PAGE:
HAPPY NOVEMBER. How. Is. It. Here.
Since Thanksgiving is just three weeks away (how.is.it.here.), we have to start prepping our menu ASAP! Our plans are pretty up in the air this year due to newborn status (basically, if anyone has so much as a sniffle we aren’t going), but our tentative plan is to have a day with Jay’s family and a day with mine and the rest of the weekend for Jay to parent HARD because he has to travel for work the following Monday. At five seconds postpartum, almost identical to when Beck was born.
Luckily I’m super tough and not ever overwhelmed or weepy so I’ll be fiiiine. Translation: Beck loves movies and we have lots of family in town.
So Thanksgiving! I have almost an entire meal of new sides and leftover ideas all ready for you, but the bird itself is something that I find not as many people use a “new” recipe on. Some families do, sure, but mostly people just kind of roast a turkey and hope for the best and it takes half a day and is maybe never as good as we want it to be? I’m much more into sides than meat in general, but good turkey definitely has a place on a Thanksgiving plate. The keys, I’ve found, are PLENTY of salt and pepper (to make the turkey taste good, you know), butter or olive oil (to prevent drying), and not overcooking. The not overcooking is huge, people are mostly so scared to serve raw poultry that they overcook chicken and turkey 80% of the time. A cheap meat thermometer will solve this problem, and if the turkey does get dry we have a super simple gravy to get us through.
Here, I’m advocating just a turkey breast, for a few reasons. First….I don’t love turkey, so don’t need a ton of it. Second, and most importantly, cooking dark meat and white meat separately speeds up the process and ensures that everyone gets what they want. You can buy thighs, legs, and breasts all separately, and I like this split breast (half of a turkey breast, basically) because it cooks quickly and evenly but still serves four or more people. You can absolutely use this method with legs and thighs, use a large roasting pan or two if you need to. The cook time will still be much less than a whole turkey, and you can take the white meat out of the oven first so it doesn’t dry out.
So: to cook! The oven goes to 350F, and the whole piece of meat gets coated in salt, pepper, and softened butter. Rub the butter under any pockets of skin, and press the salt and pepper lightly into the meat. Pour some stock in the bottom of the pan to amp up the drippings that we’ll use for gravy later on.
Roast the turkey for 25-45 minutes until a thermometer measures 160F, then remove the turkey from the oven and let it rest for 10-15 minutes while you make the gravy. This will bring the temperature of the turkey up to 165F or so, which is the agreed-upon safe-to-eat temp.
The gravy is super simple, more butter and some flour in a small skillet, whisked together to make a roux. Then, very slowly pour the drippings from the pan into the flour mixture, whisking as you go, to make a smooth gravy. Add extra stock if you need to; I always use all the drippings from the roasting pan first and then extra if I run out. Taste the gravy, add more salt and pepper, and done! Gravy is one of those things that is best when served fresh, so I make it right at the last minute. If it gets too thick just add some more stock and whisk really well to thin it out and reheat it before you serve.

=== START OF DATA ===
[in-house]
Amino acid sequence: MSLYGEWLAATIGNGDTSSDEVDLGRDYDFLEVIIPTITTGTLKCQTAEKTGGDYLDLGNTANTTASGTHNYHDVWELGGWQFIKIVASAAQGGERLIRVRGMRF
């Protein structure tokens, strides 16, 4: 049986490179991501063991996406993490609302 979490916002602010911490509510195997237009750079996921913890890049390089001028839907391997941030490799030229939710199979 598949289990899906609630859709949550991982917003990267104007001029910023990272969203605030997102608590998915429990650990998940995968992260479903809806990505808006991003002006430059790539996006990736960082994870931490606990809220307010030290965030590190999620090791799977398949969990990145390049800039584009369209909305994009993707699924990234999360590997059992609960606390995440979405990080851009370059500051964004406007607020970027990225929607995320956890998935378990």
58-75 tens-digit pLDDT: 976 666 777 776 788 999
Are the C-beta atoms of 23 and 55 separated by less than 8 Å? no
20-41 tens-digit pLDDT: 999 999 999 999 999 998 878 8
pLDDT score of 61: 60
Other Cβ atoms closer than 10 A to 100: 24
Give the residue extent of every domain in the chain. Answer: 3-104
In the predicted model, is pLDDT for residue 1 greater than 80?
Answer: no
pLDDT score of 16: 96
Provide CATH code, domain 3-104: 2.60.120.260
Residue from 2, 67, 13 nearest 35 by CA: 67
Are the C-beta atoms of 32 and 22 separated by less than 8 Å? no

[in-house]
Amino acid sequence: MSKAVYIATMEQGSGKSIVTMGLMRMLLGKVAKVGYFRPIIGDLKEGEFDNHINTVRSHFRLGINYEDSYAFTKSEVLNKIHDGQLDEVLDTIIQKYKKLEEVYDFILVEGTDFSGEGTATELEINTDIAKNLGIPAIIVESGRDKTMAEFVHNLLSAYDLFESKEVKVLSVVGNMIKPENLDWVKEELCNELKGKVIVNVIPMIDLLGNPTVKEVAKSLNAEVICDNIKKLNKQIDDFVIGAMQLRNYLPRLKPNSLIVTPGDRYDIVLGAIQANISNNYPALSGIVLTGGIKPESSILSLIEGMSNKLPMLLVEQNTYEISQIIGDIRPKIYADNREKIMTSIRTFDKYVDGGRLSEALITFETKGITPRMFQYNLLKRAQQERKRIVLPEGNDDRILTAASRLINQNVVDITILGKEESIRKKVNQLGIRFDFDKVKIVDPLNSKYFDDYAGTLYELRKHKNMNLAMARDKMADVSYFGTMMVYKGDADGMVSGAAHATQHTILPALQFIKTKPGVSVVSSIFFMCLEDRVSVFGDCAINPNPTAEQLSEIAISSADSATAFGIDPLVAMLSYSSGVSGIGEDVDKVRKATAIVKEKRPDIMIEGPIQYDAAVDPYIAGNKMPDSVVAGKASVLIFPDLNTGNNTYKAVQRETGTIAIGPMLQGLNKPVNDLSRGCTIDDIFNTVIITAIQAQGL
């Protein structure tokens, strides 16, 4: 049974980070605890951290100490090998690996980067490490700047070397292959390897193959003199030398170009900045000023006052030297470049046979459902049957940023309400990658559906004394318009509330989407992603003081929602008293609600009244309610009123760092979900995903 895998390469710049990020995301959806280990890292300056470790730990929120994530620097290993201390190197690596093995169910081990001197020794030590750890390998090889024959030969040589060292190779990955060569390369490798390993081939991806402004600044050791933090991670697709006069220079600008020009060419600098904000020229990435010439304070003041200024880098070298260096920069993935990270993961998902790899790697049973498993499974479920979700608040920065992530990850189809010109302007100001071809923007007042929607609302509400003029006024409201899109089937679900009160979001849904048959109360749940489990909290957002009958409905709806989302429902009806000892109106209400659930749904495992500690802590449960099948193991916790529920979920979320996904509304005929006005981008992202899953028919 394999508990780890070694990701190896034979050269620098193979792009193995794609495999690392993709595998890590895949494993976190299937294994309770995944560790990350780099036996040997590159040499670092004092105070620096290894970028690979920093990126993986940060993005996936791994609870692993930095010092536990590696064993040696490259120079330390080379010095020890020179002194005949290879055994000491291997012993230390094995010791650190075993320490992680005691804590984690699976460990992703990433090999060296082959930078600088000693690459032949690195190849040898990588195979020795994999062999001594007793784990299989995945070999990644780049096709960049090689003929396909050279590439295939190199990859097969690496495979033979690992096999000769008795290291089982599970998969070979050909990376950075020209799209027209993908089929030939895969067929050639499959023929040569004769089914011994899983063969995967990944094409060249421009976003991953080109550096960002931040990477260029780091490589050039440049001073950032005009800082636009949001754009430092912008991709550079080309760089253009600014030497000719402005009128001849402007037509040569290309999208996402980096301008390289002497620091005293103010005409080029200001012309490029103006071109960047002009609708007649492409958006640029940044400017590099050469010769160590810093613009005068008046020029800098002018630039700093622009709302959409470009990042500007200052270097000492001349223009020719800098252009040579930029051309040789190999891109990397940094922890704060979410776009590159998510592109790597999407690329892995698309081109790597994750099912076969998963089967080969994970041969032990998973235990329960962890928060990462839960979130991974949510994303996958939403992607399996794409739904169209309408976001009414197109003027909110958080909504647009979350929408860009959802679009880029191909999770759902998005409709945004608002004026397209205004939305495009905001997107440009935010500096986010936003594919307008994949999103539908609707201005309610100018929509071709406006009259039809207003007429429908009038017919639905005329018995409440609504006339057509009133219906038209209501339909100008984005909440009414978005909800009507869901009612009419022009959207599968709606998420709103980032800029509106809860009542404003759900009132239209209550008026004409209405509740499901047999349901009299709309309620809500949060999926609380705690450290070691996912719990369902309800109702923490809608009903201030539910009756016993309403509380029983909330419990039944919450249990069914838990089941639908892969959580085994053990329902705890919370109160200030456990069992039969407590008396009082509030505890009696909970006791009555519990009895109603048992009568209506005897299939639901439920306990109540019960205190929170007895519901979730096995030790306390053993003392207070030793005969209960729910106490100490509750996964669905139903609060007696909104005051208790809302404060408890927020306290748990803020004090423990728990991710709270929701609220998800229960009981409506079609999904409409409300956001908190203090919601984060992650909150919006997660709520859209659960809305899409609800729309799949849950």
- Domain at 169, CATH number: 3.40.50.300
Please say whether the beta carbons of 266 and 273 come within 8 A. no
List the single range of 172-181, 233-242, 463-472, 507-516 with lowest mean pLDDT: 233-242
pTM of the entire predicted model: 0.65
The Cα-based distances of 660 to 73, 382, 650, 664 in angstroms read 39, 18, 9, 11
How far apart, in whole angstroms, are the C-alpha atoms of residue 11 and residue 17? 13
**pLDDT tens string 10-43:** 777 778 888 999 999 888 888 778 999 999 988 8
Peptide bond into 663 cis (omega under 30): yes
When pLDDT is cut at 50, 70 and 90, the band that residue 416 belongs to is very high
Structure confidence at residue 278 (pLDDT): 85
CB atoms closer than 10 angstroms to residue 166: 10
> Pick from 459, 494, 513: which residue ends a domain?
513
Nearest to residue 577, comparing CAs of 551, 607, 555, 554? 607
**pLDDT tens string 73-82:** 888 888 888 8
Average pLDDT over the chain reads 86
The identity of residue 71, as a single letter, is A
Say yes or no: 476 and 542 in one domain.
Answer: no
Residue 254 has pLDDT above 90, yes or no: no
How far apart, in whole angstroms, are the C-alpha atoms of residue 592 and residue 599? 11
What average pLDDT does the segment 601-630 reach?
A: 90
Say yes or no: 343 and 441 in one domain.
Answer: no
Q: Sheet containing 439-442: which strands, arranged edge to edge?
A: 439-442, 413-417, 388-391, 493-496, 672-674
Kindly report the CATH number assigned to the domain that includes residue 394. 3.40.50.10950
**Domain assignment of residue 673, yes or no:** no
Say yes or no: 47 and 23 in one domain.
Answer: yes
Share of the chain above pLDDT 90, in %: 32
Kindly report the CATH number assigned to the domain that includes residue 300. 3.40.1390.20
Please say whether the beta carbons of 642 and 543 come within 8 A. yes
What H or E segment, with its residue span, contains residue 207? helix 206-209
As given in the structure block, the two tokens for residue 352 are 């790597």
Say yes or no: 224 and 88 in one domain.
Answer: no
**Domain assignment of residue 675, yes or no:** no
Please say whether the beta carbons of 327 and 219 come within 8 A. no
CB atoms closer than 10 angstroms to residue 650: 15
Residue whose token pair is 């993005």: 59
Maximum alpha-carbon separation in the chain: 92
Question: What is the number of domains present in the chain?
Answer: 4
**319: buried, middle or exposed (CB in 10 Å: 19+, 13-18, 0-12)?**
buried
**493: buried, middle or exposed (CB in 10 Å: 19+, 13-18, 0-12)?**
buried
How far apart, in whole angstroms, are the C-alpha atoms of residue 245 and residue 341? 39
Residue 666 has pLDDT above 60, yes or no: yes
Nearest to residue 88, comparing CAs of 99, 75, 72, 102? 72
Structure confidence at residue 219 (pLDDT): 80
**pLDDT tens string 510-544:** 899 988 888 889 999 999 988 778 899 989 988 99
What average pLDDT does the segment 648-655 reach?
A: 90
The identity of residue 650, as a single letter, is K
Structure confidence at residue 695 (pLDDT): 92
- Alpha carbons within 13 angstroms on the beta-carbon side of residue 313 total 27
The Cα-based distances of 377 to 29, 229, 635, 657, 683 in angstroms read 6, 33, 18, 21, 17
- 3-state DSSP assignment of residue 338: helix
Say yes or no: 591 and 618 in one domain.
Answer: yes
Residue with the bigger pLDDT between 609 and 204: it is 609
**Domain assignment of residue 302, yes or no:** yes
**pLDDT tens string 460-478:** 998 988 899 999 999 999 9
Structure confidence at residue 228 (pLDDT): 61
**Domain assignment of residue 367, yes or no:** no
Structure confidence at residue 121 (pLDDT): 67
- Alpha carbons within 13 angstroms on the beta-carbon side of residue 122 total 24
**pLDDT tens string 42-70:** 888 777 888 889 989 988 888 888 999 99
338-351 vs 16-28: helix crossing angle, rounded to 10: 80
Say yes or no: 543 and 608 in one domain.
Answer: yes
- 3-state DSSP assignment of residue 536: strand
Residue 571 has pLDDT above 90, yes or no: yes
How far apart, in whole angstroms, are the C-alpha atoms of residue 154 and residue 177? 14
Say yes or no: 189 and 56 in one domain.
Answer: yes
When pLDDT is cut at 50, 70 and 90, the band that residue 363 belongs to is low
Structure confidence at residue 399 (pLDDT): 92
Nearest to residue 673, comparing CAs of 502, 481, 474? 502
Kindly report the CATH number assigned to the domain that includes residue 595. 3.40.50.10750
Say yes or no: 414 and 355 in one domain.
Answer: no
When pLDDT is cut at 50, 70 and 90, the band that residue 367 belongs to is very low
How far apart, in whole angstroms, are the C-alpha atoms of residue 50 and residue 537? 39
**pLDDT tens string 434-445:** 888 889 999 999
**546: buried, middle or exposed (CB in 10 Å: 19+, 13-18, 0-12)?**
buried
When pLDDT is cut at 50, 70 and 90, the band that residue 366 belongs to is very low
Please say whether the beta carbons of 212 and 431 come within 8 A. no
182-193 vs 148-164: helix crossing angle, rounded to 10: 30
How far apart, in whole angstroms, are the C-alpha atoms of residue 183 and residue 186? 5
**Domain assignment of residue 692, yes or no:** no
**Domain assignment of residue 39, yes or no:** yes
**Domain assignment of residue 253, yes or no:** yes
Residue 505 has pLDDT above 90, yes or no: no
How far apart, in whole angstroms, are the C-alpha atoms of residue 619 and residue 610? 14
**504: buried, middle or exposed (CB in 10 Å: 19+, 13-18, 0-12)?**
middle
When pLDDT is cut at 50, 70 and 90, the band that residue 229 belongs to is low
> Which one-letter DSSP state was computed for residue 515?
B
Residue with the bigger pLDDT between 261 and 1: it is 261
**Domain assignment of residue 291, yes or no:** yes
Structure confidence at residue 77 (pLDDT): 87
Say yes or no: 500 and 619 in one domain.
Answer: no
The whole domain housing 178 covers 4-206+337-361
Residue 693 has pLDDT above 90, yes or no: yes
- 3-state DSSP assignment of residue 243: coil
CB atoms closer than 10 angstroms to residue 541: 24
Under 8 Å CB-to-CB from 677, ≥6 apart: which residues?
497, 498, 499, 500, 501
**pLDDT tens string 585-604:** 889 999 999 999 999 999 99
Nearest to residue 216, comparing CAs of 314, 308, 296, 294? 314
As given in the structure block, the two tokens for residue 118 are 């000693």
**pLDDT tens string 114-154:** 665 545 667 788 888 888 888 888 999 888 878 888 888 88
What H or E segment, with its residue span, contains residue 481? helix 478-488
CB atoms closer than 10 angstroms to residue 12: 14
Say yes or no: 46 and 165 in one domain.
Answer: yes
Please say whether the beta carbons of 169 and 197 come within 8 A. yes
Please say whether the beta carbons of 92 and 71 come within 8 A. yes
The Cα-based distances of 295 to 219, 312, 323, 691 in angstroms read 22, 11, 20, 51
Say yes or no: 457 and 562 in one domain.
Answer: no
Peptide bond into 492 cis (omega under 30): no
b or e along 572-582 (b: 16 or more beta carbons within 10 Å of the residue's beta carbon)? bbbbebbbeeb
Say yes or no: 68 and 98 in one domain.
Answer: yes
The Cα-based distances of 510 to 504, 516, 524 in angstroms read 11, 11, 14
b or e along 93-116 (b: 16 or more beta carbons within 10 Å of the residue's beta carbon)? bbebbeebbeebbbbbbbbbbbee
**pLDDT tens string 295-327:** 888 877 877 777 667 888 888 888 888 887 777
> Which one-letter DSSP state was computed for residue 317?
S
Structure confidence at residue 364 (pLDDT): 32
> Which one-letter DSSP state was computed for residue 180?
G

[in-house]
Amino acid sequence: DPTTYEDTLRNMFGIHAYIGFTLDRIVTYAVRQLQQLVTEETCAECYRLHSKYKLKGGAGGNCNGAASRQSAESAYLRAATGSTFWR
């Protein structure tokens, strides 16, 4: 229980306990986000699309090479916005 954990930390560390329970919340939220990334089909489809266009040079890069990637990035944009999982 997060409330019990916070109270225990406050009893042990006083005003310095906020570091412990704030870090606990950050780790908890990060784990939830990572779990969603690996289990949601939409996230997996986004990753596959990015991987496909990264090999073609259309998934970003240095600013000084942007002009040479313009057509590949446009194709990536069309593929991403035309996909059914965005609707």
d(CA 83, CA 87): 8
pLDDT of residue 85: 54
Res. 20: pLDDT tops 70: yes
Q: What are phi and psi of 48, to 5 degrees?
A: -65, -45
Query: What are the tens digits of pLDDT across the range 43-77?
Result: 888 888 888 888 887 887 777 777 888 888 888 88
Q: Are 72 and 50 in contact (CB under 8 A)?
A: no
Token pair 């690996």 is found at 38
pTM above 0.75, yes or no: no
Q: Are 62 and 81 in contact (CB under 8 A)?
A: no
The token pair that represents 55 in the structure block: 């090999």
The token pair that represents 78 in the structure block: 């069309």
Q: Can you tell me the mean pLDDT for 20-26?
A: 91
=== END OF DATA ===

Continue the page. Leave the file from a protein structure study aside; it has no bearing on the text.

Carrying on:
To carve the turkey, I use a small paring knife to take off the bones, then slice the entire breast against the grain, leaving the skin ON because it’s the best part. If people are super health-conscious they can always take it off on their own plates, but removing all of the turkey skin before serving it, to me, is like stealing from loved ones. Not to be dramatic about it or anything.
Here’s your turkey! We eliminate the big bird presentation, but does anyone actually do that anymore? We haven’t in our family for literal decades, and this is so much less pressure than an entire turkey that takes up the entire oven. The flavor is perfect, the meat is juicy, and the gravy is exactly what you need for some epic mashed potatoes – coming next week.
Save this for your menu planning, or test it out before the big day! Nothing wrong with turkey any day of the week.
Take the pressure out of big meals with turkey pieces instead of a whole bird. This turns out perfectly each time with only a few ingredients.
- 1 bone-in, skin-on split turkey breast (half the breast), about 2 ½ pounds
- ½ stick butter, softened
- Fresh cracked pepper
- 1 ½ teaspoons coarse salt
- 2 cups chicken or turkey stock
- 2 tablespoons olive oil
- 2 tablespoons all-purpose flour
Preheat the oven to 350F.
Arrange the turkey in a shallow baking dish. Rub all over with the softened butter, including rubbing some butter gently under the skin of the turkey, being careful not to tear the skin.
Wash your hands. Sprinkle the salt all over the turkey and add plenty of black pepper to the skin. Pour one cup of the stock in the bottom of the baking dish.
Roast the turkey uncovered in the oven for 35-45 minutes until an internal thermometer (placed at the thickest part of the meat but not touching the bone) registers 160F. Remove the turkey from the oven and let rest uncovered while you make the gravy.
Make the gravy. In a skillet over medium heat, whisk the oil and flour together to form a paste.
Let the flour cook into the oil for about 2 minutes, then very slowly pour in the last cup of stock, whisking as you go to incorporate the liquid into the flour mixture.
Continue to whisk the gravy until it bubbles and thickens. Add drippings from the turkey a few spoonfuls at a time to thin the gravy and add flavor. Taste, and add salt and pepper to your preference. Continue to add drippings or more stock to the gravy as needed to maintain a consistency that you enjoy.